The Cassini spacecraft at Saturn recently observed a light show on the planet's southern hemisphere: auroras, glittering in the gaseous atmosphere.
Similar to auroras on Earth, Saturn's auroras are formed by charged particles raining down on the planet, colliding with the atmosphere and creating light, according to a statement from NASA. The charged particles come from the solar wind, a steady stream of material emanating from the sun.
A video from NASA shows the "ghostly curtains of light" billowing through Saturn's atmosphere. The black-and-white video was captured on July 20, in visible light. The technicolor photograph that serves as the backdrop in the video was taken in 2008 in near-infrared light, and is false-colored to highlight the ring of auroras around the planet's pole. [Cassini's 'Grand Finale' at Saturn: NASA's Plan in Pictures]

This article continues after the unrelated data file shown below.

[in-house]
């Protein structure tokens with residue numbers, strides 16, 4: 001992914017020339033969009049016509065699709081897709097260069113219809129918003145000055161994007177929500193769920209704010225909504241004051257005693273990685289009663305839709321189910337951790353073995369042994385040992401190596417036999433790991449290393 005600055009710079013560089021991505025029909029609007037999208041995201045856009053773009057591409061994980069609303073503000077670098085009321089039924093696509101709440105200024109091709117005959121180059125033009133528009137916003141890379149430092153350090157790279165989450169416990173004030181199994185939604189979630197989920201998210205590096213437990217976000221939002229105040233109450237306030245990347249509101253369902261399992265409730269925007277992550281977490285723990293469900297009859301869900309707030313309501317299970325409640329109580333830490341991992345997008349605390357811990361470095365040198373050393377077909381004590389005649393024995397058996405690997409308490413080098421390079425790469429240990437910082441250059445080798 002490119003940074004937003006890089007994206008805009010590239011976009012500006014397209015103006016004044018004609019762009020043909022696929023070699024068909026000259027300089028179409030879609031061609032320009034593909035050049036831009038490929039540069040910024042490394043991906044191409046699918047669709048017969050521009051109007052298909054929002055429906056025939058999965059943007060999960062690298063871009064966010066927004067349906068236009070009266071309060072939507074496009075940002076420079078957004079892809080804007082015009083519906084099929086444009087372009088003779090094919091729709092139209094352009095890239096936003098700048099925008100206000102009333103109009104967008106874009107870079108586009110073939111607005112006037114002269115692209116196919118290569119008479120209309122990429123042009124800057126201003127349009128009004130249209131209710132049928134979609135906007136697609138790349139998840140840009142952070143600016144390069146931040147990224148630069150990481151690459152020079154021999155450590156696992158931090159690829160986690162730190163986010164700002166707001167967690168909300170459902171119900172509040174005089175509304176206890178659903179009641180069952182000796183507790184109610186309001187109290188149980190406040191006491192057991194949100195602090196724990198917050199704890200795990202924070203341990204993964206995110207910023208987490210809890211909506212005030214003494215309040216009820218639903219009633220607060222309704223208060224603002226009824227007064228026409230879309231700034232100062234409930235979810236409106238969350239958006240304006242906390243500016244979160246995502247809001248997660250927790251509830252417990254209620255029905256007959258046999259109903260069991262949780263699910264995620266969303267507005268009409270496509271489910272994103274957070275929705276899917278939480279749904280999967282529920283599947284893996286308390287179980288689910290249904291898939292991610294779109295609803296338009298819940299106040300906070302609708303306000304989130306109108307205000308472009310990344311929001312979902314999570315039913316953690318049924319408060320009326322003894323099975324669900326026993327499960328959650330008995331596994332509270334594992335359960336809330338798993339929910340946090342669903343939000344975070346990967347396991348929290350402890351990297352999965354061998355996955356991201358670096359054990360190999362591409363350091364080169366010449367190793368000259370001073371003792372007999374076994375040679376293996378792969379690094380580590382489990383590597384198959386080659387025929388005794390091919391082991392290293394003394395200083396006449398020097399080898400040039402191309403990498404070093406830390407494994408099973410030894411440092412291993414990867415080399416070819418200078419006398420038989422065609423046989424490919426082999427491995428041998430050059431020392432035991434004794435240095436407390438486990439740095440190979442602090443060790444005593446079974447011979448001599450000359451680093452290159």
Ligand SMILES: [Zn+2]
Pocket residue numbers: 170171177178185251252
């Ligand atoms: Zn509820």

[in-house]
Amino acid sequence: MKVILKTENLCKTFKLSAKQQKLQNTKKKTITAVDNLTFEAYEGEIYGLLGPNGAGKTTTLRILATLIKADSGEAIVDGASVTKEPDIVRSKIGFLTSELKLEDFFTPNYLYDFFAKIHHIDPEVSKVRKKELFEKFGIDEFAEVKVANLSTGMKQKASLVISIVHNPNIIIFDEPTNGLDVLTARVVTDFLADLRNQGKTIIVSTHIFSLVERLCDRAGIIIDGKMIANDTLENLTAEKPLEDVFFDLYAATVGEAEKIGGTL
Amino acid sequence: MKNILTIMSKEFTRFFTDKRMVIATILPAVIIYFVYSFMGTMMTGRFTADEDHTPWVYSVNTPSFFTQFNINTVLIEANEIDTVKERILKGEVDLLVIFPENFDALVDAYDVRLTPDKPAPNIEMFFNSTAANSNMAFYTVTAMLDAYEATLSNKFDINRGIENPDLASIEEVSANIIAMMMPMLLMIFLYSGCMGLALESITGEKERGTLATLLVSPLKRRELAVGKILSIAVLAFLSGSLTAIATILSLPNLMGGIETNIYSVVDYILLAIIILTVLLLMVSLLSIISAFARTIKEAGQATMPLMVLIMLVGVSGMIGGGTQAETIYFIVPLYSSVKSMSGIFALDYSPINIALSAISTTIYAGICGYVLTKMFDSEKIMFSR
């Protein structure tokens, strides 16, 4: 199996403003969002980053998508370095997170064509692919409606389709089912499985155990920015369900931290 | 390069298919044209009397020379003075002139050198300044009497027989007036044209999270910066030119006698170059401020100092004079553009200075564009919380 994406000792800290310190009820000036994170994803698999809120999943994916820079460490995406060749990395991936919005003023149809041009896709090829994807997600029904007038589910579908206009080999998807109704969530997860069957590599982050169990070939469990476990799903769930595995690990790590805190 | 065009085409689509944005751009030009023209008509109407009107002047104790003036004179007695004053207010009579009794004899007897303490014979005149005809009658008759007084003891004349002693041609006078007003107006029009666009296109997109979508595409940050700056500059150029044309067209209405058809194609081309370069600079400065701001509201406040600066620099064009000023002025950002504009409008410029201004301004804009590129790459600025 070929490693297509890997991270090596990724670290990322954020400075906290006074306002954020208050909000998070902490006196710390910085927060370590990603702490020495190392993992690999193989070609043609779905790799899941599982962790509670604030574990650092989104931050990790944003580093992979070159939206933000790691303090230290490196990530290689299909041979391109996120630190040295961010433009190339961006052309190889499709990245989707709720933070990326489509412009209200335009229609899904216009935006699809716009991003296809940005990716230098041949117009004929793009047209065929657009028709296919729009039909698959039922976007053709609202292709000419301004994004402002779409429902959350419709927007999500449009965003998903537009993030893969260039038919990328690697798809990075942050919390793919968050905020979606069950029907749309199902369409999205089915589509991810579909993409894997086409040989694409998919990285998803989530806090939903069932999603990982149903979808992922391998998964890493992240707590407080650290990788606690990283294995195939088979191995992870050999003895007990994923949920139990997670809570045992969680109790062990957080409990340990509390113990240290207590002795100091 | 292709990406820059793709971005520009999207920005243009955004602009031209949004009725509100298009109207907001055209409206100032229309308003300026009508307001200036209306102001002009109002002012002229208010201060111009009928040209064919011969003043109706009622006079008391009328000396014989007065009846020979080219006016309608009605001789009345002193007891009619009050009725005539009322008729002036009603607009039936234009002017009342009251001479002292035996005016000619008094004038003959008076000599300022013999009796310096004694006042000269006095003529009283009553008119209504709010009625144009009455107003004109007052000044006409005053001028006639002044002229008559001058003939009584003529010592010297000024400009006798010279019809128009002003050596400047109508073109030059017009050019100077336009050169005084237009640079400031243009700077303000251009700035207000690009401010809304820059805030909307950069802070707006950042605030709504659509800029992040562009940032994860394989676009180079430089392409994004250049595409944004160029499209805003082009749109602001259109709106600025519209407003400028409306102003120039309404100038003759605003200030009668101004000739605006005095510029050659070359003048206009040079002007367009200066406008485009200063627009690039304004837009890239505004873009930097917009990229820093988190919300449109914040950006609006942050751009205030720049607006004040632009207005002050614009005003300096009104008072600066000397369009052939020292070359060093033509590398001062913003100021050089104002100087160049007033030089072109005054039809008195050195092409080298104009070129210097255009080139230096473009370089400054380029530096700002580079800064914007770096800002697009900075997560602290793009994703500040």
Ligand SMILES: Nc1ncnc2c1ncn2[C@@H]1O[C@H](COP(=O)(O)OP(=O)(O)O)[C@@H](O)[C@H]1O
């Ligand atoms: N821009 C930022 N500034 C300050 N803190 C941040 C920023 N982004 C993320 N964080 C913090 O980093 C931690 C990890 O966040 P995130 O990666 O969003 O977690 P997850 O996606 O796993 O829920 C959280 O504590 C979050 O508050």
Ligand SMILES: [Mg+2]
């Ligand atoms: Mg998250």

Cassini is moving around Saturn, but kept its gaze fixed on the same point during these observations, which lasted more than an hour, according to the statement.
"Some of the stars seem to make a slight turn to the right just before disappearing," officials said in the statement. "This effect is due to refraction — the starlight gets bent as it passes through the atmosphere, which acts as a lens. Some of the stars seem to make a slight turn to the right just before disappearing. Random bright specks and streaks appearing from frame to frame are due to charged particles and cosmic rays hitting the camera detector."
This is not the first time scientists have spotted auroras on Saturn. They were discovered by the Pioneer 11 probe, according to NASA, and have been studied by the Voyager probes, the Hubble Space Telescope and Cassini.
The Cassini spacecraft, now at the end of its mission, is headed for a dive into Saturn's atmosphere on Sept. 15.